We lack the ability to think critically because we don’t read. We mug up textbooks and feel proud of scoring 99 per cent. Our society reflects this mindless ‘99 per cent mindset’.

In 2014, when we started displaying books on pavements and driving to places in our old Maruti Omni converted into a bookmobile, the first question friends and family asked was: how much money will you make? One friend said: “Look at how your standard of living has crashed—you are now selling books on the footpath! Why did you leave your secure job and good life to sell books?”

On ‘footpath people’ and support for modest book displays

While travelling on our bookmobile around the states, we met many government officers to seek their support, permission and help in getting a little space to display books.

We also requested government accommodation on these tours, because they are cheap, and in many small towns, government guest houses are the only decent places to stay in. Some officers helped, some didn’t.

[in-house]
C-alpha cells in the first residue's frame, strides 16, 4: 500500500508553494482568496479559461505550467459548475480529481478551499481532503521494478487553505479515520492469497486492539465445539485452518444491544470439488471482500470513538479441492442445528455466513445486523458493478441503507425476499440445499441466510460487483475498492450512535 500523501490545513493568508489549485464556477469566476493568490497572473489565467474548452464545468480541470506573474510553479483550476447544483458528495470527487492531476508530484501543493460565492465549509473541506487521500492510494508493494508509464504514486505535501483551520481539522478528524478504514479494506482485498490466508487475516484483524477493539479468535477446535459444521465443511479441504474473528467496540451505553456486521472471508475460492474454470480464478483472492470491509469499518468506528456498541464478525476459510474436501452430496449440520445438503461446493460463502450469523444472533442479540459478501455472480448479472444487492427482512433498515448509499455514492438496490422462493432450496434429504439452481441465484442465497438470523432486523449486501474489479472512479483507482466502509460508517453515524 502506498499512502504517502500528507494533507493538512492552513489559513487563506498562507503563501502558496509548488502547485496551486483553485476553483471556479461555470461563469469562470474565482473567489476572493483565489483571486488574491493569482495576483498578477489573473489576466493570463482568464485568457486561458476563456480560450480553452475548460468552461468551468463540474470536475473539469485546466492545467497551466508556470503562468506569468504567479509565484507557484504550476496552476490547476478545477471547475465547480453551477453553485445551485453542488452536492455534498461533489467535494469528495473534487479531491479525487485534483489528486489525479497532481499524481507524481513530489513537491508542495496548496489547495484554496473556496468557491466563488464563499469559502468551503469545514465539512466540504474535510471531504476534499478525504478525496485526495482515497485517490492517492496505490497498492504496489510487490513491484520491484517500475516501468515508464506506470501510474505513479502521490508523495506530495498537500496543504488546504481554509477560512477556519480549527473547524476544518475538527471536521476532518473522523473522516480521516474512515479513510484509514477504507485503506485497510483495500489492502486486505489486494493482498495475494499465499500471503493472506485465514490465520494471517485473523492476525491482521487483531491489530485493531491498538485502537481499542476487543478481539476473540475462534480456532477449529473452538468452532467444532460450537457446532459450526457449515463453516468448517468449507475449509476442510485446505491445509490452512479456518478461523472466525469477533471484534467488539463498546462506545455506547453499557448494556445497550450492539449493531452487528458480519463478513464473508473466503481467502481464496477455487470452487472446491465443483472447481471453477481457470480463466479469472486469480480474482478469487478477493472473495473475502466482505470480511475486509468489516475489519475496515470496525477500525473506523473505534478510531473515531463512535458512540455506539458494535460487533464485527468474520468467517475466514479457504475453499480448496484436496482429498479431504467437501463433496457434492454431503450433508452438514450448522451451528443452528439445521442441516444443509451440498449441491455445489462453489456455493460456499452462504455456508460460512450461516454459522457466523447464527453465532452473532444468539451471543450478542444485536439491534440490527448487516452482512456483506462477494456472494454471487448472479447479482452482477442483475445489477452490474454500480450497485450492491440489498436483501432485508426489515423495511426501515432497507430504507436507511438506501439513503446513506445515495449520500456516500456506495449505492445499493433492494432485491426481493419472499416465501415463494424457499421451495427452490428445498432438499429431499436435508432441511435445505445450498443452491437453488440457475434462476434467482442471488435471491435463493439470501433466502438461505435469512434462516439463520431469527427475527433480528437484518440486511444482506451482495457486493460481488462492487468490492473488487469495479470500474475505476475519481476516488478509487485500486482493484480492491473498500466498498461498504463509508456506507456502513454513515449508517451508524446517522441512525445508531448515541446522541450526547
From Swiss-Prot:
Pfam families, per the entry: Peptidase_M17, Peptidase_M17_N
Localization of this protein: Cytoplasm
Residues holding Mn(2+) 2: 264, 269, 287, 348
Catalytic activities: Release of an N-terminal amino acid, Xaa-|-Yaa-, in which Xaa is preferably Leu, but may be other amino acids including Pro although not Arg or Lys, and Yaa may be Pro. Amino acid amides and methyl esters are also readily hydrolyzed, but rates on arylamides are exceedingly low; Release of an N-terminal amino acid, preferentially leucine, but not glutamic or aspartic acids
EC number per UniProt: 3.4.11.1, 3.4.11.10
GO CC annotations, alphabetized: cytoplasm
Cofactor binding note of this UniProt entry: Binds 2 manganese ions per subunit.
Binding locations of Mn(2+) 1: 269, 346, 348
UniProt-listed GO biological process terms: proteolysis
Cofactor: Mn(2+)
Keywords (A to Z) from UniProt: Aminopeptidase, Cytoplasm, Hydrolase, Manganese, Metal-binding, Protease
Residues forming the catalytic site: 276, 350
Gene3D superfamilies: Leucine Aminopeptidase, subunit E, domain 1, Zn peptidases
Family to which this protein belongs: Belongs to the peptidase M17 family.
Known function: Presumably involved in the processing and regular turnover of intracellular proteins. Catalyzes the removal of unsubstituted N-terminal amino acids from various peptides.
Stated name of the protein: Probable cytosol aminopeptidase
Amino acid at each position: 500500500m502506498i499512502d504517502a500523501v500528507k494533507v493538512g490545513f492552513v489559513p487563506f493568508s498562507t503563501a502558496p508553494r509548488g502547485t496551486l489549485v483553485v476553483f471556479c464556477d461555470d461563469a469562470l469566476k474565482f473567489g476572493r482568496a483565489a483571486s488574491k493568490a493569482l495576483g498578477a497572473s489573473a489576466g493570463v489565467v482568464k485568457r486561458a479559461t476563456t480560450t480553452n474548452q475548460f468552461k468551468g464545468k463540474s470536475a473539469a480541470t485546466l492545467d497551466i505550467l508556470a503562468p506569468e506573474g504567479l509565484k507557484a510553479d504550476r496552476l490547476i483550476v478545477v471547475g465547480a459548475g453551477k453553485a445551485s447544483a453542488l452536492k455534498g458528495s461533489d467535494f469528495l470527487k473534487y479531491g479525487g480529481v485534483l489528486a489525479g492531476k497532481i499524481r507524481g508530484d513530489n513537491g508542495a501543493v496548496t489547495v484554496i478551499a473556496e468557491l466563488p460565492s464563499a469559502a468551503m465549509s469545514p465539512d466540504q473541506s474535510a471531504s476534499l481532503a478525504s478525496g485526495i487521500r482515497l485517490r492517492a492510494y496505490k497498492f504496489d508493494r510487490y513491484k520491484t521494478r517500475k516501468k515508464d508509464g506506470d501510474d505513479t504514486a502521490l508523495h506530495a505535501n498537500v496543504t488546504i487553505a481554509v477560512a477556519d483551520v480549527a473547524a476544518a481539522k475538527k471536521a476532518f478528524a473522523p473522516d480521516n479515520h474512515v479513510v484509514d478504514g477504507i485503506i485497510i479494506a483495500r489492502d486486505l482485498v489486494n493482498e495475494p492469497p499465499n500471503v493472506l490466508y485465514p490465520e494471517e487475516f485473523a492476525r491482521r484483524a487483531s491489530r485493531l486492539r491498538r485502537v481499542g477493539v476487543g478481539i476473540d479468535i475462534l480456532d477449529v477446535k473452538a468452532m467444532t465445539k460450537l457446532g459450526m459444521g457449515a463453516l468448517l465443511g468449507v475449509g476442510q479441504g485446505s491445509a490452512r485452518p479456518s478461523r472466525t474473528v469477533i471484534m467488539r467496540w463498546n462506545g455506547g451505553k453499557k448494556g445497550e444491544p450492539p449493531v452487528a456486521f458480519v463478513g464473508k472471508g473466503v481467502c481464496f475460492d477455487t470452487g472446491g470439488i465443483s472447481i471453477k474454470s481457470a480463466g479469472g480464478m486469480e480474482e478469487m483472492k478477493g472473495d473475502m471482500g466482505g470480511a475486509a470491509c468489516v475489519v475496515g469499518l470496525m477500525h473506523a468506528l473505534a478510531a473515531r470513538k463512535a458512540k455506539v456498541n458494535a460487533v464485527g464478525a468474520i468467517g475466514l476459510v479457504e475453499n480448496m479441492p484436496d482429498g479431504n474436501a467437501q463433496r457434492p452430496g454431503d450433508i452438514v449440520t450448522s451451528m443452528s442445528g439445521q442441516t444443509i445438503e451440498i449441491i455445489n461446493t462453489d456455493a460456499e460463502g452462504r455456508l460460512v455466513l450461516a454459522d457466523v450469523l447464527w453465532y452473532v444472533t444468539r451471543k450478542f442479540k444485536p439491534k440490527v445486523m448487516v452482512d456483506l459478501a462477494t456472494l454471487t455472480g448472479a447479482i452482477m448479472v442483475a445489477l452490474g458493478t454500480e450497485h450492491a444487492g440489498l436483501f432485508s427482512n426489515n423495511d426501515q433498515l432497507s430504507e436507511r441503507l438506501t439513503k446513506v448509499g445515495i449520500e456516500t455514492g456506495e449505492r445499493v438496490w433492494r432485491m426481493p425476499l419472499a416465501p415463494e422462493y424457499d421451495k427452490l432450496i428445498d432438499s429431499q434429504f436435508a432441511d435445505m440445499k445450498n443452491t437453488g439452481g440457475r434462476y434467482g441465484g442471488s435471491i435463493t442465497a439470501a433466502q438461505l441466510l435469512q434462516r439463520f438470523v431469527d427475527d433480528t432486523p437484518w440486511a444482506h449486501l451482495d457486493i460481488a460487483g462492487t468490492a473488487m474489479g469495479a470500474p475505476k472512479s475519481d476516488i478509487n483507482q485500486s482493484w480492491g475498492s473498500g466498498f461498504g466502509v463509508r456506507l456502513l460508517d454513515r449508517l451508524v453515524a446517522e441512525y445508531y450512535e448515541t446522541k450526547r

One district collector said, “We don’t give our circuit houses to even the Tatas or Birlas, why should we give it to you? You are selling books, it’s a business, you must find a hotel to stay.” That night, we slept in our bookmobile in the middle of the forest.

Many teachers told us they don’t read anything beyond the syllabus because they don’t have the time. We have been turned away from colleges, asked to get a permit to enter institutions.

In Bhubaneswar, while displaying books in front of one of the biggest private universities, we were asked to move by bouncers. We “footpath people” were apparently making the university look shabby.

On what gets public space and why

One morning, while displaying books in front of a public park in Bhubaneswar, we met the auditor general who was very interested in knowing more about our work and invited us to his office.

During the meeting, he suggested we get in touch with a particular housing welfare committee and discuss the possibility of opening a library-cum-bookstore in their colony. We were very excited, but the committee members were extremely reluctant.